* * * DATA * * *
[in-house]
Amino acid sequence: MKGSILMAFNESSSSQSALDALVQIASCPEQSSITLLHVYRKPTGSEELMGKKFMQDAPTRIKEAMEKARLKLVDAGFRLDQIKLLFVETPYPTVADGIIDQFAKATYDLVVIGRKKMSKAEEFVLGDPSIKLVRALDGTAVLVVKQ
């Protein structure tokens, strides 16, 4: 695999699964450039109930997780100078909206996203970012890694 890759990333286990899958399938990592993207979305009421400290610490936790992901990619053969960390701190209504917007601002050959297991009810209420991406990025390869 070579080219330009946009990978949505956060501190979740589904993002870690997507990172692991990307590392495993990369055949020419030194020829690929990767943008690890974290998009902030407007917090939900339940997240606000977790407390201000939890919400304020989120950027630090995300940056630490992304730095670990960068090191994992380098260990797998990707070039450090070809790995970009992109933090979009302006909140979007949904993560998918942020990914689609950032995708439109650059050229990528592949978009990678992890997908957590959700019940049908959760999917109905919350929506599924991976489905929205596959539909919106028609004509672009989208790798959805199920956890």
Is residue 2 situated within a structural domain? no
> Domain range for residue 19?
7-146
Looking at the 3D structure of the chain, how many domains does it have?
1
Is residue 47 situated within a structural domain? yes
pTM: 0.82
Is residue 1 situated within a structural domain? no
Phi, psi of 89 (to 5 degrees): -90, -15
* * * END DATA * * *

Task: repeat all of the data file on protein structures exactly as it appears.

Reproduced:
[in-house]
Amino acid sequence: MKGSILMAFNESSSSQSALDALVQIASCPEQSSITLLHVYRKPTGSEELMGKKFMQDAPTRIKEAMEKARLKLVDAGFRLDQIKLLFVETPYPTVADGIIDQFAKATYDLVVIGRKKMSKAEEFVLGDPSIKLVRALDGTAVLVVKQ
């Protein structure tokens, strides 16, 4: 695999699964450039109930997780100078909206996203970012890694 890759990333286990899958399938990592993207979305009421400290610490936790992901990619053969960390701190209504917007601002050959297991009810209420991406990025390869 070579080219330009946009990978949505956060501190979740589904993002870690997507990172692991990307590392495993990369055949020419030194020829690929990767943008690890974290998009902030407007917090939900339940997240606000977790407390201000939890919400304020989120950027630090995300940056630490992304730095670990960068090191994992380098260990797998990707070039450090070809790995970009992109933090979009302006909140979007949904993560998918942020990914689609950032995708439109650059050229990528592949978009990678992890997908957590959700019940049908959760999917109905919350929506599924991976489905929205596959539909919106028609004509672009989208790798959805199920956890």
Is residue 2 situated within a structural domain? no
> Domain range for residue 19?
7-146
Looking at the 3D structure of the chain, how many domains does it have?
1
Is residue 47 situated within a structural domain? yes
pTM: 0.82
Is residue 1 situated within a structural domain? no
Phi, psi of 89 (to 5 degrees): -90, -15